Unlike in our previous study, one of the patients was operated on by a junior surgeon and this patient had an iatrogenic aortic dissection. The junior surgeon had help to repair the aortic rift by a senior surgeon, and there was no indication of a more advanced aortic injury or dissection during the operation. Given that junior surgeons have proper training, appropriate supervision and support, patients are not at increased risk during cardiac operations performed by surgeons in training.15
In the original FIASCO study,4 the dominant cause of preventable death was poor myocardial protection. In the current study, one patient had a massive myocardial infarction due to inadequate cardioplegia. The cardioplegia was given directly into the coronary ostia and due to a very short left main stem, the cannula went into the left anterior descending artery and no cardioplegia reached the circumflex artery territory. This technical error could have been avoided by using another method for delivery of cardioplegia.
In the study from Turkey, the main preventable (technical) error was identified as perioperative myocardial infarction due to occlusion of the left internal mammary artery graft.6 In our study, we also found one patient with graft occlusion and perioperative myocardial infarction. Intraoperative graft flow assessment by transit-time flow measurement could be an effective strategy to mitigate this preventable complication.16
In one patient, death was categorised as preventable and due to technical error because of failure in securing a free airway. This case illustrates that not all technical errors are surgical or directly linked to the operation. Among the five non-preventable deaths, four were cardiac. The only non-cardiac death was bowel ischaemia which developed sepsis and multiorgan failure. Intestinal ischaemia after cardiac surgery is known to be a rare but severe complication with a high mortality.17
Overall, a 30-day mortality of 0.35% is an acceptable result in low-risk patients, and in line with previous reports. However, 55% of these cases were found to be potentially preventable suggesting that there is a clear potential for further improvement. In order to establish which areas within a unit that might be potentially modifiable, a structured and systematic review must be undertaken. We fully agree with the FIASCO II authors7 that the proposed methodology is useful to detect such modifiable factors within a unit. We found the methodology straightforward, easy to implement and inexpensive. According to prior work by Pasic et al, our repeated analysis is important because it requires a review of the literature that leads to increased knowledge on a team level. Furthermore, it stimulates comparisons between own and other institutions thus generating awareness of shortcomings and inspires actions for improvement.18
The major limitation of this study was the lack of an objective definition of a preventable or non-preventable cause of death. In order to determine the cause of death and categorise a death as preventable or non-preventable we relied on consensus between the authors. The reviewers were not blinded to the identity of the operators and did examine their own results. One way to improve the study design could be to collaborate with another cardiac surgery unit and review each other’s results. Another limitation of this study was the use of different versions of EuroSCORE. EuroSCORE I was used in 2009–2011 before it was replaced by EuroSCORE II in 2012. However, only two patients were included before 2012.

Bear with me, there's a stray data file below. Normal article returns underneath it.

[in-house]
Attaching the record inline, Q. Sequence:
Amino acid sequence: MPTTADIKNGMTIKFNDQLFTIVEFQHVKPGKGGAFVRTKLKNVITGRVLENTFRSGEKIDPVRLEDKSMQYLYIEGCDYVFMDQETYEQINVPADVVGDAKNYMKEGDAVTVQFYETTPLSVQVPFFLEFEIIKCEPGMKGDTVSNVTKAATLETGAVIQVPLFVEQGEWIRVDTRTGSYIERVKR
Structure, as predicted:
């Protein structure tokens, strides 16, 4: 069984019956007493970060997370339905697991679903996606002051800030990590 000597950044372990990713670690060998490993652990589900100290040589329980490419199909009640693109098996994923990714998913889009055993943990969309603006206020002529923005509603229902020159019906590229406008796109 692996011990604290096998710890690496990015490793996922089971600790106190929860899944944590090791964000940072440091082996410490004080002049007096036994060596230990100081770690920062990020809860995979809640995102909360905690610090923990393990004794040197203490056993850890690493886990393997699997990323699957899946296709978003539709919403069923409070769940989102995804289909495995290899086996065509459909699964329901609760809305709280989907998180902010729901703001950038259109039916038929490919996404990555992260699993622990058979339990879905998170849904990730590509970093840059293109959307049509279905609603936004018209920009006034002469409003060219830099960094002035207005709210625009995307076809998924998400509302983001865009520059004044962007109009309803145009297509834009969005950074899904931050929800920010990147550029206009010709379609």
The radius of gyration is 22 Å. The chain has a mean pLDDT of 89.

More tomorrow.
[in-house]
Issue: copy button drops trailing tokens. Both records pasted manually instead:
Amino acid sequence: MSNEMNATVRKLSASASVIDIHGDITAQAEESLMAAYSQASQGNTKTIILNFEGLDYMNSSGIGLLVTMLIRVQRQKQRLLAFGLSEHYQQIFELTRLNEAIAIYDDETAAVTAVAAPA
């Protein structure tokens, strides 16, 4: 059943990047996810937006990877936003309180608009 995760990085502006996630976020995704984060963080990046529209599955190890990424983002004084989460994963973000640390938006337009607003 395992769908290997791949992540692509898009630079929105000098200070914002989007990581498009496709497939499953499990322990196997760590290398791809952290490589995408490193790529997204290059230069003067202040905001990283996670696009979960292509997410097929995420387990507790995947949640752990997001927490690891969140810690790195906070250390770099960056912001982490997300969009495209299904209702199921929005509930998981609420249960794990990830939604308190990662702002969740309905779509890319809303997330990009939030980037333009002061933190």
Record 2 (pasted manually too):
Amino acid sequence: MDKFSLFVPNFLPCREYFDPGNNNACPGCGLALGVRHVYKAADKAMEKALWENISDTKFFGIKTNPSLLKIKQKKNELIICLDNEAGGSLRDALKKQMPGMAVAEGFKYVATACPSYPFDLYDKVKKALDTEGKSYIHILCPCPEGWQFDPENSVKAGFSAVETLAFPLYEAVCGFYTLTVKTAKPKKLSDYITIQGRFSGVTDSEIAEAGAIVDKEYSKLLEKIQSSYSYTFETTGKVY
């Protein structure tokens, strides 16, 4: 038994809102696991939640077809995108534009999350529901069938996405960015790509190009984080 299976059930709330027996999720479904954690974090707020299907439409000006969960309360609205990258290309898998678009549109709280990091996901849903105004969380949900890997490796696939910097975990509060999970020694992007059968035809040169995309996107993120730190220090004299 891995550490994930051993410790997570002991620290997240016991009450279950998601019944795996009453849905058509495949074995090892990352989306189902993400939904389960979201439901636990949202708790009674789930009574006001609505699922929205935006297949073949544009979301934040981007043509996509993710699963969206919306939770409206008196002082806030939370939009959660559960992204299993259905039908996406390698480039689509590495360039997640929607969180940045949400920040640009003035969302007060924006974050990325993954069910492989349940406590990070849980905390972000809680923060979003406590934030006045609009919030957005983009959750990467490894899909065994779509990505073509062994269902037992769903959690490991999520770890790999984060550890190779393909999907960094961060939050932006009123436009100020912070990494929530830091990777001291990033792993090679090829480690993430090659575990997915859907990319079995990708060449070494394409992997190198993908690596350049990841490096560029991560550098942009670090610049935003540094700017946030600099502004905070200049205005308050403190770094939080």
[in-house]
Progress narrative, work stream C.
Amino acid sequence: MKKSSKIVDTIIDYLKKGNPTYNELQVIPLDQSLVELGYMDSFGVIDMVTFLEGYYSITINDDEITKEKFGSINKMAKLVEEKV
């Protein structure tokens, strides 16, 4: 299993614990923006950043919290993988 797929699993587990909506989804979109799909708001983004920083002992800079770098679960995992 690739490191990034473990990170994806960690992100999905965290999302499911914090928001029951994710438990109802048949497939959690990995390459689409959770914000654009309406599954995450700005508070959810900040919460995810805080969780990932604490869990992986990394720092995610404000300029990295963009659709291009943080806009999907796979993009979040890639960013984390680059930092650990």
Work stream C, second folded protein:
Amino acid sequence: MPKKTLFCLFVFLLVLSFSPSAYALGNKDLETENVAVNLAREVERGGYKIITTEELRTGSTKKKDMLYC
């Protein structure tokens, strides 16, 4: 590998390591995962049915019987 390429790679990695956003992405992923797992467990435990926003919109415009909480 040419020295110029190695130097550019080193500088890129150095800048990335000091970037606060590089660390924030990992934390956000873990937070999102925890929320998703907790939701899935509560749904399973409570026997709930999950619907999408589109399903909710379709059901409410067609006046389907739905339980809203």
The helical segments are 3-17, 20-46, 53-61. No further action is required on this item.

In conclusion, a repeated systematic review of deaths in patients with a low preoperative risk showed that a majority of deaths were preventable, and therefore potentially avoidable. These findings were to some extent different from our prior study conducted a decade ago. This provides a strong argument for a unit to regularly revisit the topic of death in low-risk cardiac surgery.
Contributors US and TI contributed to the conception and study design. KL performed data collection and drafted the first version of the manuscript. All authors contributed to data analysis and interpretation. TI and US critically revised the manuscript for important intellectual content. All authors approved the final version of the manuscript to be submitted. US is the guarantor of this work and, as such, had full access to all data in the study and takes responsibility for the integrity of data and accuracy of the analysis.
Funding This work was supported by the Swedish Heart-Lung Foundation (grant numbers 20160522, 20160525 and 20180400 to US); the Åke Wiberg Foundation (grant number M18-0016 to US); the Karolinska Institutet Foundations and Funds (grant number 2018-01784 to US); and the regional ALF agreement between Stockholm County Council and Karolinska Institutet (grant number 20180114 to US).
Competing interests None declared.
Patient consent for publication Not required.
Ethics approval The study was approved by the Swedish Ethical Review Authority (Dnr: 2019-04316).
Provenance and peer review Not commissioned; externally peer reviewed.
Data availability statement No data are available.